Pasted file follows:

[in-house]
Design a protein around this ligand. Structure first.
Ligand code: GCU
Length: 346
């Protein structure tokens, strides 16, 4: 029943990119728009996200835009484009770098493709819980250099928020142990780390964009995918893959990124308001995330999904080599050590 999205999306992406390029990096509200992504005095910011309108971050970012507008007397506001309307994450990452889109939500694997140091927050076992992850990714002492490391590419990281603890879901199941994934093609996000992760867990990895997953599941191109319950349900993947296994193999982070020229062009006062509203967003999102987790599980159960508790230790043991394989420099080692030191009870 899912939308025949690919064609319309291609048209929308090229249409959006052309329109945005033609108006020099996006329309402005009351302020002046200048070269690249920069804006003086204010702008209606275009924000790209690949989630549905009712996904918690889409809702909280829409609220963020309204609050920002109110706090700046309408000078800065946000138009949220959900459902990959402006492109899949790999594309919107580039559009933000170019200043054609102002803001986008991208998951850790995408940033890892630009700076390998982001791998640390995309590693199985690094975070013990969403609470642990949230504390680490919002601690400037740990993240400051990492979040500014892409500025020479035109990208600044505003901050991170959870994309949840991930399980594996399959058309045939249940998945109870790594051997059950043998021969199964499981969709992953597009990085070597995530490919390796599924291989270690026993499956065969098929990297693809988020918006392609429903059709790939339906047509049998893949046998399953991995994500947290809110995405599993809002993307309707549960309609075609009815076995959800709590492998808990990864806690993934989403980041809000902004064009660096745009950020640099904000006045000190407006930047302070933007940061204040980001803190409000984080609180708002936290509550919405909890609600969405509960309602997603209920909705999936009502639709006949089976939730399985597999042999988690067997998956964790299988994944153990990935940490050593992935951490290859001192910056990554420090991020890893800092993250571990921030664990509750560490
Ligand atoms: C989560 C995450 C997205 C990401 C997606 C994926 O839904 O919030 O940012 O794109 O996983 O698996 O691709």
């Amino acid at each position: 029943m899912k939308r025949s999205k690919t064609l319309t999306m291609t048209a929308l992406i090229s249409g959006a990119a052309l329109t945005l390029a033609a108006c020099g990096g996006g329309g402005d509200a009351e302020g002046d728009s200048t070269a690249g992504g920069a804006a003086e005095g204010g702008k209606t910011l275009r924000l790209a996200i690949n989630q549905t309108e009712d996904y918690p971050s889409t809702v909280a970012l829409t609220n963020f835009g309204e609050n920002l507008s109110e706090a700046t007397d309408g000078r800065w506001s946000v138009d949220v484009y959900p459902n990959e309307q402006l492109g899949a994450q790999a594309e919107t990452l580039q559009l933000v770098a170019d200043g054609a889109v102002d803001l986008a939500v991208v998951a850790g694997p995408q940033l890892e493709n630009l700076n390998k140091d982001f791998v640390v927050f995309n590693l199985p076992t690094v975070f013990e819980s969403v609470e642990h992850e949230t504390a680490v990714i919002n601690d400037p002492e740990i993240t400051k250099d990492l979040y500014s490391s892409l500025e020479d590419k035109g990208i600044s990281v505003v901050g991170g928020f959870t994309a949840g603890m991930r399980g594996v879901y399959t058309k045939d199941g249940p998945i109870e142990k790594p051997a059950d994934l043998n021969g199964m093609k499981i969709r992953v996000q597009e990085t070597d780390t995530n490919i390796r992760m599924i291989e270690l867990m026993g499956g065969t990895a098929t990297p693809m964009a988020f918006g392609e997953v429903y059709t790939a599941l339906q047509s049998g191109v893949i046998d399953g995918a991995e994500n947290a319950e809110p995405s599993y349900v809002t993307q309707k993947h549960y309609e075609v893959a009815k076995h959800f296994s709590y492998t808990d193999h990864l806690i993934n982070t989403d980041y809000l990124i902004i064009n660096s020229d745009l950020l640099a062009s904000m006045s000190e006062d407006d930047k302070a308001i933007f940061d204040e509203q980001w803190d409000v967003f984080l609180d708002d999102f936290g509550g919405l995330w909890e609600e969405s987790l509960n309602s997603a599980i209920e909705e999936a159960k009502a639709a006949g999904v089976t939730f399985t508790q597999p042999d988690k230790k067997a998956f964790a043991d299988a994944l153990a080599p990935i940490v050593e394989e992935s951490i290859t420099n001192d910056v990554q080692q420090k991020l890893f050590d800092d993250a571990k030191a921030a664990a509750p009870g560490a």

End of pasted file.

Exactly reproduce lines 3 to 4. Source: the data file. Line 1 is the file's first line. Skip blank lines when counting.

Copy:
Ligand code: GCU
Length: 346